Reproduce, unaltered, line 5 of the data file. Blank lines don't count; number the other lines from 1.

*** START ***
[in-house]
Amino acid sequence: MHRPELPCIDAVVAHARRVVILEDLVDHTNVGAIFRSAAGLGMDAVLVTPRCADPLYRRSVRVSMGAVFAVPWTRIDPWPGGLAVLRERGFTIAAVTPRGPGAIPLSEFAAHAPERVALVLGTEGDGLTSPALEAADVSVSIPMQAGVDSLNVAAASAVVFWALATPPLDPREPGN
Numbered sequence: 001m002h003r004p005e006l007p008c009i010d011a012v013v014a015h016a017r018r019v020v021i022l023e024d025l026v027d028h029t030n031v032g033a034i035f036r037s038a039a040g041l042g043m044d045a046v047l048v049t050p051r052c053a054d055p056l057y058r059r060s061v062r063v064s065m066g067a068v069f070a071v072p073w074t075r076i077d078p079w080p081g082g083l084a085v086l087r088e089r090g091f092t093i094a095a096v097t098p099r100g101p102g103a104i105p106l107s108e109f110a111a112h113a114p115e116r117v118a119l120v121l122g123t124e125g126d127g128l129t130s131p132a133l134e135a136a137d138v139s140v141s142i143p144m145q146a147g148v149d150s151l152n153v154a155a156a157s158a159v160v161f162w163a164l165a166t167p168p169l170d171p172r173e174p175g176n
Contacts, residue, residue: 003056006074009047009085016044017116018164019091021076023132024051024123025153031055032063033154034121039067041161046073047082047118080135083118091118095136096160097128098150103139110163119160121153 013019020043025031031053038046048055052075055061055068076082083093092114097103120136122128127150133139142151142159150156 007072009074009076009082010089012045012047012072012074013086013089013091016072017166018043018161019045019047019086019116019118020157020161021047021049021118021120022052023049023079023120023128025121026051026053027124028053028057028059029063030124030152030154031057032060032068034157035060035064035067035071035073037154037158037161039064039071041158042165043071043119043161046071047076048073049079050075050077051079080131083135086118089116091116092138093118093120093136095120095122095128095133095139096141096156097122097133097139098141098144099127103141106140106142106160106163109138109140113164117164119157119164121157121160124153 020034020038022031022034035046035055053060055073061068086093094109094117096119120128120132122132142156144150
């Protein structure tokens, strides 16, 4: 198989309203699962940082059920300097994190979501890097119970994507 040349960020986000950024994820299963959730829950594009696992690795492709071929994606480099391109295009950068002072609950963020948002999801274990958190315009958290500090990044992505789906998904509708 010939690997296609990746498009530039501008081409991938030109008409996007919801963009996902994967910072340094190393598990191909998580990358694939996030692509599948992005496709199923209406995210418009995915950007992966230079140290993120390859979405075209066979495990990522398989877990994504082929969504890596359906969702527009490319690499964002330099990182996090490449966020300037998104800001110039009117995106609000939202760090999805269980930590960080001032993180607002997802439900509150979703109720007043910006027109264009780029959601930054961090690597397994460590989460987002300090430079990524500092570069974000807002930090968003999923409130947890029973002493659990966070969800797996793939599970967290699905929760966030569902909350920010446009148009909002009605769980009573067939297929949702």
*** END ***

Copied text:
């Protein structure tokens, strides 16, 4: 198989309203699962940082059920300097994190979501890097119970994507 040349960020986000950024994820299963959730829950594009696992690795492709071929994606480099391109295009950068002072609950963020948002999801274990958190315009958290500090990044992505789906998904509708 010939690997296609990746498009530039501008081409991938030109008409996007919801963009996902994967910072340094190393598990191909998580990358694939996030692509599948992005496709199923209406995210418009995915950007992966230079140290993120390859979405075209066979495990990522398989877990994504082929969504890596359906969702527009490319690499964002330099990182996090490449966020300037998104800001110039009117995106609000939202760090999805269980930590960080001032993180607002997802439900509150979703109720007043910006027109264009780029959601930054961090690597397994460590989460987002300090430079990524500092570069974000807002930090968003999923409130947890029973002493659990966070969800797996793939599970967290699905929760966030569902909350920010446009148009909002009605769980009573067939297929949702």